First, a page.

I edged closer, hoping I might be able to bash the vile serpent myself. I was slow, delicate, careful not to break the brittle tension that hung between the two. But I was too slow. Freya snarled, and the serpent lunged at her, burying its fangs in her leg as she yelped. Heedless now I leapt forward and ripped the thing off her, slamming its head violently against the now blood-smeared rocks of the cave until it writhed no more. 

When I turned back to Freya she was already stiff, on her side, breath shallow. I cradled her into my arms and sprinted back to our shelter. “Stay with me girl,” I whispered. “You are strong. You are the greatest huntress I have ever known.” In all the battles I have fought, all the people I have lost, I have never known a fear like I did in this moment.

By the time we made it back, she was already gone. I held her close to my chest and walked to our couch, so that we may watch one last moonrise together. And as the moons rose, I scratched her ears one last time, and whispered, “Goodnight, my huntress.”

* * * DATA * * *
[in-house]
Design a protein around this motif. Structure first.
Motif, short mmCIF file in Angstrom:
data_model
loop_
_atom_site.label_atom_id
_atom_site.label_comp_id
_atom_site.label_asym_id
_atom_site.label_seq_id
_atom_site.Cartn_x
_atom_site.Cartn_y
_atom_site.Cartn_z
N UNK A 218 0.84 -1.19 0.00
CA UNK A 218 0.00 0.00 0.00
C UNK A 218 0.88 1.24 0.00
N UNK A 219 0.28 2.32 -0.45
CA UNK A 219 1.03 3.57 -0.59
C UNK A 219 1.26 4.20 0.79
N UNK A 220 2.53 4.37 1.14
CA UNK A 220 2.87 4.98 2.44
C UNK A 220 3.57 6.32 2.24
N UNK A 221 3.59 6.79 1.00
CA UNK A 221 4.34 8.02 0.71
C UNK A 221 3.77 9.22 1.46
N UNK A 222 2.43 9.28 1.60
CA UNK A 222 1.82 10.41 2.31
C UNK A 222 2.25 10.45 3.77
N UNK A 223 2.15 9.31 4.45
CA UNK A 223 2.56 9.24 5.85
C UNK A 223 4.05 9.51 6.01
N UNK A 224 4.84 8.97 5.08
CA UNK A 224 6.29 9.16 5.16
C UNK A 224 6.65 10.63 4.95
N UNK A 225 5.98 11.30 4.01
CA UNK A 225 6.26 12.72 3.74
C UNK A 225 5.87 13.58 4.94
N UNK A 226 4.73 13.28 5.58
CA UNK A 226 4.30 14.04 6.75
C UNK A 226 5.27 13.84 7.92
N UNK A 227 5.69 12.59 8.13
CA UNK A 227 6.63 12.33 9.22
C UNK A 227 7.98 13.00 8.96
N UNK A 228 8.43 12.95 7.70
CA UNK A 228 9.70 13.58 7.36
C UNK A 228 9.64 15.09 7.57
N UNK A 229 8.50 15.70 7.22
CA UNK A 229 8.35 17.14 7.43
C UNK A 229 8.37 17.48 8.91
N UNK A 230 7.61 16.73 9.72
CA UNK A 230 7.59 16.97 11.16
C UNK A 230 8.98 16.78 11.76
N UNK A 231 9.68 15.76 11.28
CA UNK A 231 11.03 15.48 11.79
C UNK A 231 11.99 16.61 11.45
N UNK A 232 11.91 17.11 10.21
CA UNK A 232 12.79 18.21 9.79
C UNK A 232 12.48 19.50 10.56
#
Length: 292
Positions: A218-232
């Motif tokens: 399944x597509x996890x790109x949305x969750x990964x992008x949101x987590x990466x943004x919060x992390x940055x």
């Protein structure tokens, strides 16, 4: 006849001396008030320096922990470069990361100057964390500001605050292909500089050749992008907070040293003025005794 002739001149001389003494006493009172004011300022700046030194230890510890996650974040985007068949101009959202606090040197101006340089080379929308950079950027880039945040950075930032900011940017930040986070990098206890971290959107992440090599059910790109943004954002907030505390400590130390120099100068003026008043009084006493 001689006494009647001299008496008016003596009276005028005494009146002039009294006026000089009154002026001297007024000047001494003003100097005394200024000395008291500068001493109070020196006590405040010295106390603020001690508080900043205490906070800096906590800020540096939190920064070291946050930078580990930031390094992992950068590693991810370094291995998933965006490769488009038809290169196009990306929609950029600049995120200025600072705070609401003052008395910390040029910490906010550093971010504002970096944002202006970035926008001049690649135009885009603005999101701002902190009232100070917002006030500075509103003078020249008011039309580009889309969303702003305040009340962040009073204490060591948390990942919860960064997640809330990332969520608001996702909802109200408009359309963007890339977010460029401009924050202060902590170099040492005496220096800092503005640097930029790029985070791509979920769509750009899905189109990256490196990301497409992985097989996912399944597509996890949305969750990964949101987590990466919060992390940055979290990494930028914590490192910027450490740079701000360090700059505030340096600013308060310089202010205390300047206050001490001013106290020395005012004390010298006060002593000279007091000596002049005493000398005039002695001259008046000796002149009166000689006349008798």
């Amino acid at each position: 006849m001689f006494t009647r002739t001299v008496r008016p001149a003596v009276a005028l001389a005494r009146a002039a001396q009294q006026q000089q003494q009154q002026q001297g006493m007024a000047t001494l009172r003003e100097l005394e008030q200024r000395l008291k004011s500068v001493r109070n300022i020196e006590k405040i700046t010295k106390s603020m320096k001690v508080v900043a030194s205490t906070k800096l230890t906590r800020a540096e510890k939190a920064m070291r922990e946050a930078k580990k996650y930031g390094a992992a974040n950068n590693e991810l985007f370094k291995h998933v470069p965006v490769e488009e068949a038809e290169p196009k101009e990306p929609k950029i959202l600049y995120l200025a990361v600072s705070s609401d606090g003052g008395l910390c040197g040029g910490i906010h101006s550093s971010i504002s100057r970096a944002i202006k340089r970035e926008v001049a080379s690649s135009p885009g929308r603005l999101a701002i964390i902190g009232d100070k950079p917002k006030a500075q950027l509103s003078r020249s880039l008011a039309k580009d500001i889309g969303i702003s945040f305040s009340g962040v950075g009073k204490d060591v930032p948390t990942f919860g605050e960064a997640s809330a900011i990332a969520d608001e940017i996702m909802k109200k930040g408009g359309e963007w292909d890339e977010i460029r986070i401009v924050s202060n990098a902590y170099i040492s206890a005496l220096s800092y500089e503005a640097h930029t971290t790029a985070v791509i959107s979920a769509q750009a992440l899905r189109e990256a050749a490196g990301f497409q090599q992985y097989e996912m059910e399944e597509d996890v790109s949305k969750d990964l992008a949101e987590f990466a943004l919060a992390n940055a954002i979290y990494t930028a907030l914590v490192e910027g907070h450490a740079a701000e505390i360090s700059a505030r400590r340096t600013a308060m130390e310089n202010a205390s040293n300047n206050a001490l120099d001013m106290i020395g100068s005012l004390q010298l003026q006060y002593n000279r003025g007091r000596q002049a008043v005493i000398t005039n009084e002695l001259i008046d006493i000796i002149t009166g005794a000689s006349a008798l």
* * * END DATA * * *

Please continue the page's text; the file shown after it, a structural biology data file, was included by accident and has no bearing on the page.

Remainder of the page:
Gray Winsler is the first ginger to be published in Birdy Magazine, Issue 091. He loved living in Denver despite his allergy to the sun and is now based in Ithaca, NY. He spends his mornings with his dog Indy by his side, writing as much as possible before his 9-to-5. If you’re curious about Normal, IL or why TacoBell is bomb, you can find more on his site.

Nick Flook aka Flooko is “the O.G astronaut painter” and takes his fans on adventures through original acrylic paintings and animations. This Toronto-based artist specializes in surrealism, space-themed work and impressionistic city and landscapes. See more of his work on his site and follow him on Instagram for more work.

In case you missed it check out Gray’s last Birdy install, Wood of the Wendigo, or Nick’s November 2023 Back Cover, North Star, head to our Explore section to see more of their work.